Wednesday, December 10, 2008

the elusive real enchilada sauce

It is very frustrating when searching around for authentic recipes to continually come across ones that appear to take a shortcut. I was determined to make chicken enchiladas one night, but quite a bit of searching kept turning up recipes that called for "enchilada sauce". But WHAT is this mysterious sauce? Why can't I figure out a way to make it from scratch? Do I really have to go back to the market and find this stuff? It just feels like cheating.

Searching for enchilada sauce recipes also turned up a mish-mash of recipes, some even calling for jarred salsa, which, really? Come on. So whatever, I have to go find myself a real Mexican cookbook to figure this out, but in the meantime I cobbled some things together and made something that mostly resembled chicken enchiladas. They were actually very good, but I wouldn't call them authentic. And that just kills me, to be honest. Recipe after the jump:


For the enchiladas:
1/3 cup plus 1 tablespoon vegetable oil
12 6-inch corn tortillas
1 medium onion, chopped
2 small jalapeno peppers, seeded and chopped
1/2 teaspoon dried oregano
3 cups enchilada sauce, recipe to follow
3 cups (about) shredded cooked chicken (use leftovers, or simply poach a couple of chicken breasts in broth or water)
3 cups packed grated Monterey Jack cheese (about 12 ounces)
Sour cream or Mexican crema, to garnish
Cotija cheese, to garnish

Heat 1/3 cup vegetable oil in heavy small skillet over medium-high heat. Using tongs, add 1 tortilla and cook until softened, turning once, about 15 seconds for each side. Transfer tortilla to paper towels and drain well. Repeat with remaining tortillas.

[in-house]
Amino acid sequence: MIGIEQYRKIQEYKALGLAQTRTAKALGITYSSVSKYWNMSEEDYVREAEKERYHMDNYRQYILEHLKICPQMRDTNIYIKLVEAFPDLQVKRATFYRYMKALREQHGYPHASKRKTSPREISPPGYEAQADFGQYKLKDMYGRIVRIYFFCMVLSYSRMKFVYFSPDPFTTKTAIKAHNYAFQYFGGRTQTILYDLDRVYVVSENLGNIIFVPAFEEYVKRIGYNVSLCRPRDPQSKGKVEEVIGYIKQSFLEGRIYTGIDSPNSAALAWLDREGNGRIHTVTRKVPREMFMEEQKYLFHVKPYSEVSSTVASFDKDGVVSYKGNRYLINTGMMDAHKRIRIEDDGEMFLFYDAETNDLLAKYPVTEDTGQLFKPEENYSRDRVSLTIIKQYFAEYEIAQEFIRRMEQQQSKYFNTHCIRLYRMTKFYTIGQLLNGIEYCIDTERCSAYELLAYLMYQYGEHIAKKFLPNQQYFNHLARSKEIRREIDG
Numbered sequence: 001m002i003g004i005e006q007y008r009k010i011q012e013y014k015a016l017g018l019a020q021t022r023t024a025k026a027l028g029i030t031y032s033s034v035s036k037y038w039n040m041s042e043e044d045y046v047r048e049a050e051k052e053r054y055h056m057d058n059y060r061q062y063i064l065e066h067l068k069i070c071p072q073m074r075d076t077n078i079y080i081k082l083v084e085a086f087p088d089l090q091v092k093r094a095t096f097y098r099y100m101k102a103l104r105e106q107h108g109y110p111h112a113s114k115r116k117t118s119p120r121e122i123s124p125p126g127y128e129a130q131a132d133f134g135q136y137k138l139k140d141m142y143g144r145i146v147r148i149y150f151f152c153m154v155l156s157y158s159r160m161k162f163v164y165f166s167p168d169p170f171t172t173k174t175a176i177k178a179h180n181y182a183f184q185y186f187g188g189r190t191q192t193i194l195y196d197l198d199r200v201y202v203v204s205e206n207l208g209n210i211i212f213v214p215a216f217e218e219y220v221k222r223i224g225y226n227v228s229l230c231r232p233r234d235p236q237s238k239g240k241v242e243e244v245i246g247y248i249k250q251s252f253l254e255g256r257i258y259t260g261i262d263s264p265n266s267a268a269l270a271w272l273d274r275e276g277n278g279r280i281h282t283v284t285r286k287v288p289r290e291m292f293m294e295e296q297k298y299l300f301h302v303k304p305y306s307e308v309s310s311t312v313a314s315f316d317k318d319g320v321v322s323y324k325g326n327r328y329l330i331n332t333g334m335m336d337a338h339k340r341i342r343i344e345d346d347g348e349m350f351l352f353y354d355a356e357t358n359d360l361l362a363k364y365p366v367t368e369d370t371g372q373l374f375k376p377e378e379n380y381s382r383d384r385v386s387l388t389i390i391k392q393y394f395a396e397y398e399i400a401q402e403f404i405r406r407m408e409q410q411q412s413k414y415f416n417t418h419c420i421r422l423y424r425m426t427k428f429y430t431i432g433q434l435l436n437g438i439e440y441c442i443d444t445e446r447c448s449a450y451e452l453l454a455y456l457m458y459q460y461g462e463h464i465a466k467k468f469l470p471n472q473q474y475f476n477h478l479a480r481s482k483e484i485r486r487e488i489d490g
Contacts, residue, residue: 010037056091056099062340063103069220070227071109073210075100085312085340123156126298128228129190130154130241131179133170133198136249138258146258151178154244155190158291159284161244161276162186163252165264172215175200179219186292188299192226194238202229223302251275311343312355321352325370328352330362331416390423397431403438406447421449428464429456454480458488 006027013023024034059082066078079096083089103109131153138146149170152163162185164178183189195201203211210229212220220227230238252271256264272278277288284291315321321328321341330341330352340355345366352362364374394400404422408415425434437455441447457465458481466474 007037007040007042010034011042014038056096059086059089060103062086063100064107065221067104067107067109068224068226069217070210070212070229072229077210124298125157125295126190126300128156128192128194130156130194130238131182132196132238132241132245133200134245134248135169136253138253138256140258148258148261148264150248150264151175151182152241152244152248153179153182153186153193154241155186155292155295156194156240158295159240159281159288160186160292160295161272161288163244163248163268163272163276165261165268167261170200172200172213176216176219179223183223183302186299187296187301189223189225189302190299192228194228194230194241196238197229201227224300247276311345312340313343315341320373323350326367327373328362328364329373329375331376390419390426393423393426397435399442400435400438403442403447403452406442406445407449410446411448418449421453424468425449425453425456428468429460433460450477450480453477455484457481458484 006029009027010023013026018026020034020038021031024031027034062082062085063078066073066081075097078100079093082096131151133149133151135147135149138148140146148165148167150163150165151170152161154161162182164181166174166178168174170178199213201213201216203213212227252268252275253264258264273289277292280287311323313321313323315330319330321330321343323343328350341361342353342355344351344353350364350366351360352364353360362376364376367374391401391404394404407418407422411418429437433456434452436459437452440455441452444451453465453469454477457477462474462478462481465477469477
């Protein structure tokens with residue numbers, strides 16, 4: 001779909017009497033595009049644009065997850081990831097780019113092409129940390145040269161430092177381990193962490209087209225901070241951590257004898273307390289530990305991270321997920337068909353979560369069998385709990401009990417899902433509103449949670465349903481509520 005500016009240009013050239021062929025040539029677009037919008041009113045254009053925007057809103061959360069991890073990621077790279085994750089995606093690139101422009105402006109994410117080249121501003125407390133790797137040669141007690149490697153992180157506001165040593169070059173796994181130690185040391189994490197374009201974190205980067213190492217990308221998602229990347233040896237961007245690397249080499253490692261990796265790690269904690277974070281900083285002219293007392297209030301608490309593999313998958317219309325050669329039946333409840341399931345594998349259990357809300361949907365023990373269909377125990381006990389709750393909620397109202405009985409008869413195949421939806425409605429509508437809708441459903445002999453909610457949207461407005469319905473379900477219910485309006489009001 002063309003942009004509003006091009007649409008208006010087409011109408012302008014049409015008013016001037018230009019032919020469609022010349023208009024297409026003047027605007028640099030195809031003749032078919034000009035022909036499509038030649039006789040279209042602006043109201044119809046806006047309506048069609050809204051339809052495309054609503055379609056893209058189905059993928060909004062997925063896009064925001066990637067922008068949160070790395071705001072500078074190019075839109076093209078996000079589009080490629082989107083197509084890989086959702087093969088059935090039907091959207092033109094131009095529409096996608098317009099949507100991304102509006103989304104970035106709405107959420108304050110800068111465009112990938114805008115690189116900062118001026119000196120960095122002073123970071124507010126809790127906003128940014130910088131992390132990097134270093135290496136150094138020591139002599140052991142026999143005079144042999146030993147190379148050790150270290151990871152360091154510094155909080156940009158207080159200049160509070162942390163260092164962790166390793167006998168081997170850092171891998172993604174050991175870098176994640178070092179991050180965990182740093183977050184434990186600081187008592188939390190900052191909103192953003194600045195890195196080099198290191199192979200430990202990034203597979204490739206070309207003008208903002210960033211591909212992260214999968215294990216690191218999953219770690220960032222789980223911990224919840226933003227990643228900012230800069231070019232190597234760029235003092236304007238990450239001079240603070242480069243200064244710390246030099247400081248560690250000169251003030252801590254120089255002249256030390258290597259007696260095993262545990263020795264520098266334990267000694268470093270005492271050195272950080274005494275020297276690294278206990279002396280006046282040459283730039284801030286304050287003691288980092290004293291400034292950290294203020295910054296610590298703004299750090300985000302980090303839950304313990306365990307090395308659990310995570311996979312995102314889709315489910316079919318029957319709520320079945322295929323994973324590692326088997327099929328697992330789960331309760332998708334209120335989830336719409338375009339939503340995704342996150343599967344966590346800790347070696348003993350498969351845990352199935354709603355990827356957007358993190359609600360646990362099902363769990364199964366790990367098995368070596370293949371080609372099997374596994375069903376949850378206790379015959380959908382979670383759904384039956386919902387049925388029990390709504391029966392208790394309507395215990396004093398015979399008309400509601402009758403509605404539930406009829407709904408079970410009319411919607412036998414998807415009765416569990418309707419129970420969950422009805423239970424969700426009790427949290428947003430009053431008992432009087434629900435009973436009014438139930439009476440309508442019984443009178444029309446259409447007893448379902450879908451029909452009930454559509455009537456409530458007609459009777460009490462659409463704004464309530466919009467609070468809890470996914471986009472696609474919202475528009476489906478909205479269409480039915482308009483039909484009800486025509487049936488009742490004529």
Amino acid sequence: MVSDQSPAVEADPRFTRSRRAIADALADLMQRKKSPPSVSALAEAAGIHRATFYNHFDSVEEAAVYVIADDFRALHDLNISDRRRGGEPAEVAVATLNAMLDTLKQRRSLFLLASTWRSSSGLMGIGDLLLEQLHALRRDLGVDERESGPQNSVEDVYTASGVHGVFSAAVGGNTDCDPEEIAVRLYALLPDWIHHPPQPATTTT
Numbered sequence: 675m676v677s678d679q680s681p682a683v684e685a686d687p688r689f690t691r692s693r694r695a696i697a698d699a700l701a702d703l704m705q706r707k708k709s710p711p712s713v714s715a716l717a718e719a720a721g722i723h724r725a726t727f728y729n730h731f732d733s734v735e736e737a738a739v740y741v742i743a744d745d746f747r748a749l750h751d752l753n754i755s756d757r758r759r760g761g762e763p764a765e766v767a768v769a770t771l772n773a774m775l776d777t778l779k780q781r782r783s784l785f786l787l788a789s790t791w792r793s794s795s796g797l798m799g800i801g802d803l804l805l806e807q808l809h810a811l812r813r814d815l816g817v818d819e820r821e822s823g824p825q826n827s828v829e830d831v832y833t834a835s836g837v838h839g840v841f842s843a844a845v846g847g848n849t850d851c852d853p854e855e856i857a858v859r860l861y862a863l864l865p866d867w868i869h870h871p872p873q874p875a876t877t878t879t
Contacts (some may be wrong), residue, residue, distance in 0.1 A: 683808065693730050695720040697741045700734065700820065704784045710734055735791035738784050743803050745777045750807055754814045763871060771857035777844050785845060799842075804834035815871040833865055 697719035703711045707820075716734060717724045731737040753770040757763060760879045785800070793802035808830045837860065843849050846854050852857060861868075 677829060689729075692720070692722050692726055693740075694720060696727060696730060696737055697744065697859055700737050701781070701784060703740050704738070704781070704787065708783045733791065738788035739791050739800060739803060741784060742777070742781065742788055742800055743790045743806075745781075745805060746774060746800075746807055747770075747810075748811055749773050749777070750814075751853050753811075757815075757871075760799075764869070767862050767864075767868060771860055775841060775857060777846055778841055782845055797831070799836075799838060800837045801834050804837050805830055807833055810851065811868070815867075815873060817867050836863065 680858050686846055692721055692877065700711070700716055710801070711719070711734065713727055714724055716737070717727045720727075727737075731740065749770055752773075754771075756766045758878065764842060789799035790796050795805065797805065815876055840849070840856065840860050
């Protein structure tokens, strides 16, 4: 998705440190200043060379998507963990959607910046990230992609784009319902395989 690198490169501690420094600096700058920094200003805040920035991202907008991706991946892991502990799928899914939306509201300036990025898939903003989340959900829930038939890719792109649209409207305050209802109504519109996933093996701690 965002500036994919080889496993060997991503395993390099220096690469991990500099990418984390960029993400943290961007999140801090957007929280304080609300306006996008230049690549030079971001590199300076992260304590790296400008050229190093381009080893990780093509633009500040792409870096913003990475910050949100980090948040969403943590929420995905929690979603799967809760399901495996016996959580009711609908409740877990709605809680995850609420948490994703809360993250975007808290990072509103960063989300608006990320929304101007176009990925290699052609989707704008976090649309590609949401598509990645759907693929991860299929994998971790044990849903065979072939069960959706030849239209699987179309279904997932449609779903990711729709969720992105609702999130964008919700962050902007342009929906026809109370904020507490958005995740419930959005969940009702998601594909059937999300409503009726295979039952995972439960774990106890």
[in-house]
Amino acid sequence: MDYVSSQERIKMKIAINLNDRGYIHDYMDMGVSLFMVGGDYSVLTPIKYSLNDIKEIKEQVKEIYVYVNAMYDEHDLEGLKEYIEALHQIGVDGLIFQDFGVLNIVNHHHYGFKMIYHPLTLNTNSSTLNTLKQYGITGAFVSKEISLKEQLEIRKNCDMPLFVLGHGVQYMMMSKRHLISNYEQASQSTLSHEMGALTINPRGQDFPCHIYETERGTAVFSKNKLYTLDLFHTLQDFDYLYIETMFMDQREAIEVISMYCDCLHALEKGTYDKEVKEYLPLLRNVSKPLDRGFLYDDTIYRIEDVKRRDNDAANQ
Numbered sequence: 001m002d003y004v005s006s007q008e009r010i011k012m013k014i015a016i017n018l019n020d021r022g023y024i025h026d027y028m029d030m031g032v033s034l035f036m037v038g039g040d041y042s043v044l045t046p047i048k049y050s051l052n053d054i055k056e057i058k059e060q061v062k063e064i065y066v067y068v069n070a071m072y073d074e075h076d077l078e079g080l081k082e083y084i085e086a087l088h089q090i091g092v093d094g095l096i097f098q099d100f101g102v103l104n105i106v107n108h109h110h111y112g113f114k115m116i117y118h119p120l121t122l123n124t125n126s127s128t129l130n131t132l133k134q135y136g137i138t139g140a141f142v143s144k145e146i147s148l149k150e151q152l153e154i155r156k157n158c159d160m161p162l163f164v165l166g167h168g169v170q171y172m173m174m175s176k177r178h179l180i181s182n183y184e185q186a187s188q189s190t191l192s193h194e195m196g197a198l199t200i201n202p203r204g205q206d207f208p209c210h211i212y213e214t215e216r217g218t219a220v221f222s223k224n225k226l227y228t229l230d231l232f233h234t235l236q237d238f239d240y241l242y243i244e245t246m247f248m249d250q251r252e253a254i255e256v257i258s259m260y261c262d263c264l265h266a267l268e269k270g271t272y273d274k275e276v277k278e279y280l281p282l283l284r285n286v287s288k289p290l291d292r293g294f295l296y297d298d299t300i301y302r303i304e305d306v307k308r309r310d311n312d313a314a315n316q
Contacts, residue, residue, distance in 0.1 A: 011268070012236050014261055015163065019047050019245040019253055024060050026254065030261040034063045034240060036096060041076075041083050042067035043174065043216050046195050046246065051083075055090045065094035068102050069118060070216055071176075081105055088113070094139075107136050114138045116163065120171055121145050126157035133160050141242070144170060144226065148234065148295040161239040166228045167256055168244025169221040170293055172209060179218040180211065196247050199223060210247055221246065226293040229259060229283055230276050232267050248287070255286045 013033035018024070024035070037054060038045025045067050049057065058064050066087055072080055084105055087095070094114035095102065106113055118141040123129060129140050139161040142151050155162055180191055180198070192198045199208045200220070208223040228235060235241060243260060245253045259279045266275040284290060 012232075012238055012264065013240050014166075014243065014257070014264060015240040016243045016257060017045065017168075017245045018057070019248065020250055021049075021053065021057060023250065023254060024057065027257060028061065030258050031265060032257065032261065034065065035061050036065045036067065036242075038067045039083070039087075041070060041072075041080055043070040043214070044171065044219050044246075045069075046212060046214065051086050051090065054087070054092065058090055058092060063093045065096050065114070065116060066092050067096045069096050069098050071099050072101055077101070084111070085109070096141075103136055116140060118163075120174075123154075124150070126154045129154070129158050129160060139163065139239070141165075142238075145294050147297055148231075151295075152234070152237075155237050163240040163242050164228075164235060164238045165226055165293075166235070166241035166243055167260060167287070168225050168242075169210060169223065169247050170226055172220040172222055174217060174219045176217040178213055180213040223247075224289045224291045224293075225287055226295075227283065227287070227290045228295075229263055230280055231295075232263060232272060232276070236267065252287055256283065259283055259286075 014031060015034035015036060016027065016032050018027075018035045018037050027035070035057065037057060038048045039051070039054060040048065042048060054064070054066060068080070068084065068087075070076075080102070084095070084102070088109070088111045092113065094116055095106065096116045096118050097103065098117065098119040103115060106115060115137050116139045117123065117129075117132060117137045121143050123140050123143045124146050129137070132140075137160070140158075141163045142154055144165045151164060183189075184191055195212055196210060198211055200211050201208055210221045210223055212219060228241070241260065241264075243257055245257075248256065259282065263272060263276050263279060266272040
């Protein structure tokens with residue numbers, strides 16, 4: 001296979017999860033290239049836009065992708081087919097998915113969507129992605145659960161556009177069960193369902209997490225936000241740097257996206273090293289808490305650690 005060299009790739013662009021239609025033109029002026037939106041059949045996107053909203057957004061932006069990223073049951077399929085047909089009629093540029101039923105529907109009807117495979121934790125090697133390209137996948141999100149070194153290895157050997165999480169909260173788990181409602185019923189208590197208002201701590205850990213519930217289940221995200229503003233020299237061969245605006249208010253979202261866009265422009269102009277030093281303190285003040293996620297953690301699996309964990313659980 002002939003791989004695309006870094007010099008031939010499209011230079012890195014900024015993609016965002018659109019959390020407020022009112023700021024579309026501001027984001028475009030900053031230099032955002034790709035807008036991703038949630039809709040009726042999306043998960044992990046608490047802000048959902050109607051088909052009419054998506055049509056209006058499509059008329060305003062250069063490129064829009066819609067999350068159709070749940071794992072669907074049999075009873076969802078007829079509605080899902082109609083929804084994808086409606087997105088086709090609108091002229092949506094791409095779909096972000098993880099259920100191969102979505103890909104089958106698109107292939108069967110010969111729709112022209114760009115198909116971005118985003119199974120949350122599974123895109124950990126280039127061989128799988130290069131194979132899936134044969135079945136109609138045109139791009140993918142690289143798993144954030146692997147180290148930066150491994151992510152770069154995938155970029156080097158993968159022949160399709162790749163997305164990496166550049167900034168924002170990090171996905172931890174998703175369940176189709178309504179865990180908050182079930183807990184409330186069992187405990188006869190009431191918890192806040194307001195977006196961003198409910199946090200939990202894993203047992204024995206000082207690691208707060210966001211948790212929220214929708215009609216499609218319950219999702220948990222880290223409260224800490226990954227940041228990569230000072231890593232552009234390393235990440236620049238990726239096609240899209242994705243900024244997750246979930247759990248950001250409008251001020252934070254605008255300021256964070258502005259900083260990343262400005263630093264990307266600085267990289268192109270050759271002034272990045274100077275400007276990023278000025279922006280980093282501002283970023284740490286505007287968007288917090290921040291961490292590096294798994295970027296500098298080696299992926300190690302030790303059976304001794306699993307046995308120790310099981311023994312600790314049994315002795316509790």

Heat remaining 1 tablespoon vegetable oil in heavy large skillet. Add onion, pepper, and oregano and saute until onion and pepper are tender, about 5 minutes. Season to taste with salt and pepper.

Lightly oil 13x9x2-inch glass or ceramic baking dish. Spoon 1/2 cup enchilada sauce into dish. Place scant 1/4 cup chicken in center of 1 tortilla. Sprinkle with 1 generous tablespoon onion mixture. Set aside 1/2 cup cheese for topping. Spoon 2 generous tablespoons cheese atop chicken. Roll up tortilla and place seam side down in prepared dish. Repeat with remaining tortillas, chicken, onion mixture and cheese. Pour remaining sauce over enchiladas. Sprinkle with reserved 1/2 cup cheese. Cover with foil. (Can be made 1 day ahead. Chill.)

Preheat oven to 350F. Bake enchiladas, covered, until sauce bubbles and cheese melts, about 35 minutes. Remove foil and bake another 5 minutes to lightly brown the top. Serve hot with sour cream and a sprinkling of cotija cheese.

For the sauce:
3 tbsp chili powder
3 tbsp flour
1 tsp cocoa powder
1/2 tsp garlic salt
1 tsp oregano
3 cups chicken broth
1 (8 ounce) can tomato sauce

Combine all dry ingredients in a bowl. Stirring constantly, slowly add enough of the broth to make a thin paste. Pour into pan and add rest of broth. Cook over medium heat, stirring constantly, until mixture thickens. Stir in tomato sauce.


Leah said...

That is an interesting problem. I'm going to ask Alex's Aunt Perrini, who makes sublime enchiladas...

She sure is strange! said...

This might be close to what you are looking for. Its a classic Tex-Mex "chili gravy" or enchilada sauce. I've made this a few times and it is wonderful, especially with the cheese enchildadas.

Now my mouth is watering for chicken enchiladas! Maybe tomorrow, tonight is leftover red beans and rice, always better the second day.


roger said...

I imagine any chile sauce would do. I can ask the maid how she makes it. We don't have US style enchiladas down here...

Leah said...

Oh, yeah--I forgot to say that these look delish.

faycat said...

Archie, do you have enchiladas with green sauce down there, enchiladas suizas? I get those at a couple of restaurants around here that seem to be quite authentic, but I never really knew if it was a typical dish. I love them, I have to make them next. Any and all recipes are welcome!